What is a Rectifier?


What is a Rectifier?

Due to the popularity of our Dual Rectifier® amplifiers, the term rectifier has become a bit synonymous with the performance these legendary high gain amps but what exactly is a rectifier and how can knowing more about this part of your amplifier be of benefit? A “rectifier” is a basic building block of all power supplies, and a “power supply” is a basic building block of all amplifiers (and most other electronics devices). The “power supply” takes AC (alternating current) voltage, arriving via the power transformer, and transforms it into usable DC (direct current) voltage needed to run an amp’s circuits. This job can be performed by “diodes” (small components on a circuit board that look somewhat similar to resistors), or by a “rectifier tube”. 

With the invention of solid-state diode rectification in the early 1950s, diodes, being smaller, less expensive and more efficient (therefore providing a tighter response or “feel” for a player) became a common choice for rectification and the use of rectifier tubes in amp designs was somewhat phased out. However, when rectifier tubes are used instead of diodes, the power supply has more “sag” (and a slower response) and this can be felt by the player as a more vintage “string-feel”. As more power is consumed (you turning the amp up) an increased voltage drop occurs, resulting in the time-honored tube-rectified feel. The overall response is ‘spongier’ and causes the strings of your guitar to feel more elastic and often easier and ‘more juicy’ to play.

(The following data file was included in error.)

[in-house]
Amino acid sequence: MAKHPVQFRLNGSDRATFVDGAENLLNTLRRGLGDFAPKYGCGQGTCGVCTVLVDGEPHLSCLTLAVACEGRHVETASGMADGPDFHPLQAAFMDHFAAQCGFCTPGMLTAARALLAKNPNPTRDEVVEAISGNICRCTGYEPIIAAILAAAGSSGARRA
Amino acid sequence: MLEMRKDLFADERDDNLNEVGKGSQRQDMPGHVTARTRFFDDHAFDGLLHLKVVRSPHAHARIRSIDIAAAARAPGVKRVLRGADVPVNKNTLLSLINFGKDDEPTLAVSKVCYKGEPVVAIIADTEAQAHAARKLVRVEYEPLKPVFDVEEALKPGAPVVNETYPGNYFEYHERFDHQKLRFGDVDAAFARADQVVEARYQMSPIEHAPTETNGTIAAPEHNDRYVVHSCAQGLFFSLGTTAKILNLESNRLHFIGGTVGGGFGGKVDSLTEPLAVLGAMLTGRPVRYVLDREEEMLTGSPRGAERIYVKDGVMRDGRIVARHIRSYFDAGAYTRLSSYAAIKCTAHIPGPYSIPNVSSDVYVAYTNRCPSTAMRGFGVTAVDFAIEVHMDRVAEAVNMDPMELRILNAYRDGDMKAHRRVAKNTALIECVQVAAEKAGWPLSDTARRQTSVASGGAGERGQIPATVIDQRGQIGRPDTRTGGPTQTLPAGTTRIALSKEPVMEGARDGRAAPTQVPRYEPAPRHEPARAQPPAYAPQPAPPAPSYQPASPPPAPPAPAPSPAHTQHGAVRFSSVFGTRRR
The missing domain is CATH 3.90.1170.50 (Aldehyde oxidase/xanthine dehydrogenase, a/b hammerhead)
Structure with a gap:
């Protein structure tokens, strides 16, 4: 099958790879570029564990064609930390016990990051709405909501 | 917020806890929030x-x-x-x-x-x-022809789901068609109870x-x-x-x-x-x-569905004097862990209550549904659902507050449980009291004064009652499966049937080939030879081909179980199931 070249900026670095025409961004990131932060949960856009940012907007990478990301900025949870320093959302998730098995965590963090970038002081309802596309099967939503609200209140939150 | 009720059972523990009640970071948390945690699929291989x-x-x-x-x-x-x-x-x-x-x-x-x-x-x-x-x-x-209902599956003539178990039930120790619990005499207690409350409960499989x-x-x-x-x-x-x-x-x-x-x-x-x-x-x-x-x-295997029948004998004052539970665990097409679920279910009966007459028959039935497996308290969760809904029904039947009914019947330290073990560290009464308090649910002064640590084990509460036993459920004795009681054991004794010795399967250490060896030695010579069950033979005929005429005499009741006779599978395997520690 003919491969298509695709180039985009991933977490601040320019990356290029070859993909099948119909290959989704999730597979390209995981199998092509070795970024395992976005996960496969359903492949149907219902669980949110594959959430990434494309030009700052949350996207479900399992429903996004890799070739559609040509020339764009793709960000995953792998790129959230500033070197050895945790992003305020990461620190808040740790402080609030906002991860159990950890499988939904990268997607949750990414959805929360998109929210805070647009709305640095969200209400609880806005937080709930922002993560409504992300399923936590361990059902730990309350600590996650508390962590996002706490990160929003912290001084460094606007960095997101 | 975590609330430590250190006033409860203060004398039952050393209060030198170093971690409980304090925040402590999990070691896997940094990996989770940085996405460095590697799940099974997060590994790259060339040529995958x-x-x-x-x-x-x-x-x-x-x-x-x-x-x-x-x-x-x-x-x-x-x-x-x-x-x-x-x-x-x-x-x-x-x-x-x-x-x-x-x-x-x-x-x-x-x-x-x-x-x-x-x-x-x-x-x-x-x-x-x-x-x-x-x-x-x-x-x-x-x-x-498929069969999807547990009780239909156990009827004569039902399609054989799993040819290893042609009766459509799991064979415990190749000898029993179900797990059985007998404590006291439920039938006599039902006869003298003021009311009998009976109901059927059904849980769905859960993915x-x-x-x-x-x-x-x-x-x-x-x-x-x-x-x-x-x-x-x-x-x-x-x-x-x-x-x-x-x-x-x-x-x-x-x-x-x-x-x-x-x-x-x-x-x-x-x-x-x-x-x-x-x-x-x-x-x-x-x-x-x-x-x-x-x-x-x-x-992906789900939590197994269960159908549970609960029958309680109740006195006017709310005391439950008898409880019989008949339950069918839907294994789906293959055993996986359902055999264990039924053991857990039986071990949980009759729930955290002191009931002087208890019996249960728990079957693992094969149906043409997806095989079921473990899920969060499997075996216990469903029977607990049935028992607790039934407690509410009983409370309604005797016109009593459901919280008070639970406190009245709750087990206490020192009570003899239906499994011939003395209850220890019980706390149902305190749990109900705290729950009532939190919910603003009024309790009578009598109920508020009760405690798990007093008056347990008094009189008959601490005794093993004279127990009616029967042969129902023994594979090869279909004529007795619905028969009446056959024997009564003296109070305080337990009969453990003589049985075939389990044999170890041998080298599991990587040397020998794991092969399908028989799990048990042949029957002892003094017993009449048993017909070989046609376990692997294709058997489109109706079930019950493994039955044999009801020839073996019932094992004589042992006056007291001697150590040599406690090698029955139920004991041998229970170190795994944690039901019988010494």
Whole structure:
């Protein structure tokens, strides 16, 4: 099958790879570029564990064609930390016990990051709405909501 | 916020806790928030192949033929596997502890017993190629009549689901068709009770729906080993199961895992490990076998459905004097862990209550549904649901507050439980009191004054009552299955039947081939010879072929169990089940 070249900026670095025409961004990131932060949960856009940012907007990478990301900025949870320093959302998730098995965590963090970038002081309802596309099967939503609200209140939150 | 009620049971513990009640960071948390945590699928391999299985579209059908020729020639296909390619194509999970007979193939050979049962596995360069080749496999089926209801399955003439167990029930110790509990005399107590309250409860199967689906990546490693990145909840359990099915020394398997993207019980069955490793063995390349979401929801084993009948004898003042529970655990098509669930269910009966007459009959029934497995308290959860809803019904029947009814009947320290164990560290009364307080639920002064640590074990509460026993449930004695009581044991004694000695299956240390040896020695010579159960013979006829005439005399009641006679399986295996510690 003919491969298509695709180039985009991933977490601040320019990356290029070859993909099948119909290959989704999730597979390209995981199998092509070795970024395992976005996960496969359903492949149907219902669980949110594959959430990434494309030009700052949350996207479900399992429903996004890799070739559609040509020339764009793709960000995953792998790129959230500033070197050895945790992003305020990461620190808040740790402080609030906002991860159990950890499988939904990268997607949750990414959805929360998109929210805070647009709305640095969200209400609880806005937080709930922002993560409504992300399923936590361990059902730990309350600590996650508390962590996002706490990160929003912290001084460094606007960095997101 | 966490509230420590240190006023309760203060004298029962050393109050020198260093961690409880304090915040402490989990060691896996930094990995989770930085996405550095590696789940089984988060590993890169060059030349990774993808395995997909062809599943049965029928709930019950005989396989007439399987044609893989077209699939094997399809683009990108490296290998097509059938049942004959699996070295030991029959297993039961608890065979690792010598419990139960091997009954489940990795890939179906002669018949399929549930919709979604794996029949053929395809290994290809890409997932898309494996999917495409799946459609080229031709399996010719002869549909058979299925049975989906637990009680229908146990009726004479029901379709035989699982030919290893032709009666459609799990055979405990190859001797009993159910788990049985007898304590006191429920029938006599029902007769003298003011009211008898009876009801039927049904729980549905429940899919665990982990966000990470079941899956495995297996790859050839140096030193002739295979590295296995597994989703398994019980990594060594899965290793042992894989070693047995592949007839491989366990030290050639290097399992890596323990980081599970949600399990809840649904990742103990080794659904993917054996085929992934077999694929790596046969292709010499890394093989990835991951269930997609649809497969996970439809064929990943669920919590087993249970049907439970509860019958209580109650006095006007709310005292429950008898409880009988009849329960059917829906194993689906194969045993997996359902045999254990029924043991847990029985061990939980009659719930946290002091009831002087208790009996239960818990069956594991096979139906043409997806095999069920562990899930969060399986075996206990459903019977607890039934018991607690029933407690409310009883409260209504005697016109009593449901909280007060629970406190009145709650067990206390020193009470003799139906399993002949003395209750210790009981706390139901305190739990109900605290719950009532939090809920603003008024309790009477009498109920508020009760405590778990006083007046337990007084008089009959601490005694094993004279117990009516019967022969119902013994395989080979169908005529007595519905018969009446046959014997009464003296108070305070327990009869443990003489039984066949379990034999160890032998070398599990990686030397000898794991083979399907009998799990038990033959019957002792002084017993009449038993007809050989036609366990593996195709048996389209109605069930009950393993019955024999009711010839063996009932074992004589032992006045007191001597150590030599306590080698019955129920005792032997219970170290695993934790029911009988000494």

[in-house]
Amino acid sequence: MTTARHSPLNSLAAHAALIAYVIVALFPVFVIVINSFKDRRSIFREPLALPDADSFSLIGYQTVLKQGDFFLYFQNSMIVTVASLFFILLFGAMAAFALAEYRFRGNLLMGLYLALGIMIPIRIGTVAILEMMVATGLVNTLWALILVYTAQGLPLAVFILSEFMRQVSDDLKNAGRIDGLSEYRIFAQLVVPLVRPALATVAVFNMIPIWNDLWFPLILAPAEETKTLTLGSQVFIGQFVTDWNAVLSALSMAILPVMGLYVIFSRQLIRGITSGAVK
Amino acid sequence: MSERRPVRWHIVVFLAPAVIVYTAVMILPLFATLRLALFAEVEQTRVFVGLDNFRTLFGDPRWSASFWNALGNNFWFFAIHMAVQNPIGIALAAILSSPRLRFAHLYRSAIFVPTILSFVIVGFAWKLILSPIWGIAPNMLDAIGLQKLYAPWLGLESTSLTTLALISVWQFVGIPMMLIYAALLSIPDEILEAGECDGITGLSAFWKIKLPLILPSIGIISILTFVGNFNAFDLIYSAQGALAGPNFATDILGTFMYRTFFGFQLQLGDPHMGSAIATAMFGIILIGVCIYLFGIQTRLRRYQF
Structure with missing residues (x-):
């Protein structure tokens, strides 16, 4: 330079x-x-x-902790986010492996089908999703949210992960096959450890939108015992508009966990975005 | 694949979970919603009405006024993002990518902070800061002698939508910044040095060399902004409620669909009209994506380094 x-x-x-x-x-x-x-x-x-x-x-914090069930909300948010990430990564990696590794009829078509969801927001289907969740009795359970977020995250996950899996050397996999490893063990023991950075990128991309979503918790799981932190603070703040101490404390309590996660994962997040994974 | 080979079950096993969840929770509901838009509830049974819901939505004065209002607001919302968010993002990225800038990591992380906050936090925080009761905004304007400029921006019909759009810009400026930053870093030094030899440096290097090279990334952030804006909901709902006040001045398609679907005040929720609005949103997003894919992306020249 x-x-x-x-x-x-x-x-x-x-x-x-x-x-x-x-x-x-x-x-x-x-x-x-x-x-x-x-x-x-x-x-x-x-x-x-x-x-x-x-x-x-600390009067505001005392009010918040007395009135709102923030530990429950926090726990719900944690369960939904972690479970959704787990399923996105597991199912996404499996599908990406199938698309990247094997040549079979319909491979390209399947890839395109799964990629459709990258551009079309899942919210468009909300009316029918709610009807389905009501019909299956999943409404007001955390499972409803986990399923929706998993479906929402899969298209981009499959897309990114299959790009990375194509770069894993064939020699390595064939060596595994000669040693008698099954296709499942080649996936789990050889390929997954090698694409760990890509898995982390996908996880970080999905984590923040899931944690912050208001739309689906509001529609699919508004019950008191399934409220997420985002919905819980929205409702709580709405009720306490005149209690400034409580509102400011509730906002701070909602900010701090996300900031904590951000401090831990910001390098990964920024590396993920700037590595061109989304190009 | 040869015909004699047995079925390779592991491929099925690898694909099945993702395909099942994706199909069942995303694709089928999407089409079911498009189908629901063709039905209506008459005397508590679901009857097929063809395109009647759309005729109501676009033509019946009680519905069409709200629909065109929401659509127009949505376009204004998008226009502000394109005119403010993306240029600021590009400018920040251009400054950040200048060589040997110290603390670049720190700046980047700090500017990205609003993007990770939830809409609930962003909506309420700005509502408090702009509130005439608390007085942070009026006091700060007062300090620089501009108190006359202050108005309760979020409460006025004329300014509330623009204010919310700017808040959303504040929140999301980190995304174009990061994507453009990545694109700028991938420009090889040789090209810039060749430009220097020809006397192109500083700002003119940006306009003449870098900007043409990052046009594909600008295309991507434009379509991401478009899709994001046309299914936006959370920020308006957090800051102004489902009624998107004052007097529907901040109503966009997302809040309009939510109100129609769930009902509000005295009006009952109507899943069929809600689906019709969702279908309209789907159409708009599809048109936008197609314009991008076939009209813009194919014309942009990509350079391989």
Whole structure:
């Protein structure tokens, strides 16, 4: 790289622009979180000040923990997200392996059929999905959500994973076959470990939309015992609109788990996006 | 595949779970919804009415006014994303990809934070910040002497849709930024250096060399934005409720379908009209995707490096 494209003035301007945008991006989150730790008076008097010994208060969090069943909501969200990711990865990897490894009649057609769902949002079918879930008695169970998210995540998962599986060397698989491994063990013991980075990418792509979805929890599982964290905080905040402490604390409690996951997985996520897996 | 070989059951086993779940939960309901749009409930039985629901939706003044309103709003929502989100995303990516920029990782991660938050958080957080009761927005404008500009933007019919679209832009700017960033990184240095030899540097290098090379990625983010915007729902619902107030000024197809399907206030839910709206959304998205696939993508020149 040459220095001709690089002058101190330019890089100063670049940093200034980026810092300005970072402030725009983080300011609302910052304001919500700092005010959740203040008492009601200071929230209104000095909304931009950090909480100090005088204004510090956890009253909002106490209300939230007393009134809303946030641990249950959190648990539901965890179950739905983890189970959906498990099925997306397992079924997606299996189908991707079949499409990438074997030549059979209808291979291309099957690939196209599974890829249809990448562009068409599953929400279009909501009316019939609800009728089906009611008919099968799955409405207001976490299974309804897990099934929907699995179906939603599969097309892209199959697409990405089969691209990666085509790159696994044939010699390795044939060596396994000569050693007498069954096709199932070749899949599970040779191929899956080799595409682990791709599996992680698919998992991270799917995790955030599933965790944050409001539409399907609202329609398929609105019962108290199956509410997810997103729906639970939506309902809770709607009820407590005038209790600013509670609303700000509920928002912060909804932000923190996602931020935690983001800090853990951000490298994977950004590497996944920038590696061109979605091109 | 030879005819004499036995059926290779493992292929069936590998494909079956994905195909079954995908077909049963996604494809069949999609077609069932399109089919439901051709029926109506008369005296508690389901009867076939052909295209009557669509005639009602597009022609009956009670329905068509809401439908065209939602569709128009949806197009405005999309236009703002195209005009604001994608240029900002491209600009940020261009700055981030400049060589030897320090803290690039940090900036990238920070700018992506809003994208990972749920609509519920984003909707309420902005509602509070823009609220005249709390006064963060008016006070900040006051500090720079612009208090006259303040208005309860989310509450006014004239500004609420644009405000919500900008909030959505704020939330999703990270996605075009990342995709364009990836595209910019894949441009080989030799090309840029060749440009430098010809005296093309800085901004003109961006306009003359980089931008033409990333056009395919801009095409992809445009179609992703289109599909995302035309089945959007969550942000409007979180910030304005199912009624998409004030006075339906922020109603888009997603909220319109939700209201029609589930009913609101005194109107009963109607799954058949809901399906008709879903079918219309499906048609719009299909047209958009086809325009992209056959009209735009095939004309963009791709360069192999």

What if you would like to have the option of choosing from either type of rectifier, allowing you to customize the feel to suit your playing style? This has actually been a feature on a number of MESA/Boogie® amplifiers, since we patented the idea of Dual Rectification in the early 1990s and released the first Dual Rectifier® Head. Built into a Dual Rectifier design, we offer guitarists a means to choose between both types of rectifiers - Vacuum Tube or Silicon Diode.

Once again, keep in mind that while the choice of rectifier does have an effect on the responsiveness of the amp and therefore plays a role in arriving at your tone, rectifiers are not actually located in the audio path. 

Also, don’t be alarmed that your rectifier tubes don’t glow as brightly as your audio tubes. While they may not glow as brightly as audio tubes, because they are conducting power, they will get hot and it is pretty easy to determine that they are working. If you switch an amp to its “Vacuum Tube” rectifier setting and it performs well, it is safe to assume the rectifier tubes are good. If at that point though the amp’s performance is weak or you blow a fuse, a rectifier tube is one possible suspect. They will wear out over time.

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